Cross-posted from the New York Times
Written by JOE DRAPE
He is the son of a Brazilian-bred stallion and a German-bred mare. He is owned by a syndicate of 20 partners led by a sometimes ebullient, often cranky former turf writer. He is trained by an Englishman who has never been cited for violating a medication rule and believes a horse should be allowed to be a horse as much as possible. No, Animal Kingdom is not your typical Kentucky Derby winner.
Major industry stakeholders have acknowledged that medication rules in the United States are out of step with Europe, Hong Kong and Australia, where horse racing thrives, and that it is time for a significant overhaul of the sport.
How Animal Kingdom was bred by Irwin and how he was managed by Motion are nothing short of remarkable in this day and age. Leroidesanimaux is an inexpensive sire with a turf pedigree, and his dam, the German mare Dalicia, had never run on the dirt. In fact, Animal Kingdom had never raced on the dirt before the Derby.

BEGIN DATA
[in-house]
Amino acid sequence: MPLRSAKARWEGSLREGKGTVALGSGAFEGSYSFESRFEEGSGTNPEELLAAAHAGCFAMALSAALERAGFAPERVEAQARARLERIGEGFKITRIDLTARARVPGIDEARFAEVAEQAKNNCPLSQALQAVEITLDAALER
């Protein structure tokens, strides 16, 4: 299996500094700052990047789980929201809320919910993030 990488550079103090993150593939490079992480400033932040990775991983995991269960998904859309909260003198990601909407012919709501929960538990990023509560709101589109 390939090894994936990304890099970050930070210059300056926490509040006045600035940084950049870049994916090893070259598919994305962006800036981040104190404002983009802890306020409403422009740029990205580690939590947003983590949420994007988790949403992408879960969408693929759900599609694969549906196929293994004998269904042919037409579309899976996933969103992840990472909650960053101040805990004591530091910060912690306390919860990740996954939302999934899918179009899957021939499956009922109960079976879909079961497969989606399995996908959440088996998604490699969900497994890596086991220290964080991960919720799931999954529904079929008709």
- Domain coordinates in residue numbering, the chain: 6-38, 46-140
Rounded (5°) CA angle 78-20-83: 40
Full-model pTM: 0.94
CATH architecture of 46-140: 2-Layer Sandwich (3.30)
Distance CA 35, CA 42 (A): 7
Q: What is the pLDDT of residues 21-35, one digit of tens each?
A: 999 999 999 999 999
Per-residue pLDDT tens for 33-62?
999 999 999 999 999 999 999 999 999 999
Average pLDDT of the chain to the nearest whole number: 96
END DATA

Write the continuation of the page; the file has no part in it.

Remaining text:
“We have not done enough importing of horses and blood lines from other places where horses don’t run on drugs, and horses’ legs are not manipulated, and horses, basically, are bigger and tougher, stronger and sounder,” said Irwin, 68, who has bought and bred horses from Europe and South Africa. “In Germany, you are not allowed to breed a mare that has ever raced on drugs, Lasix, bute, nothing. So when you buy some stock from there, you know you’re getting something good.”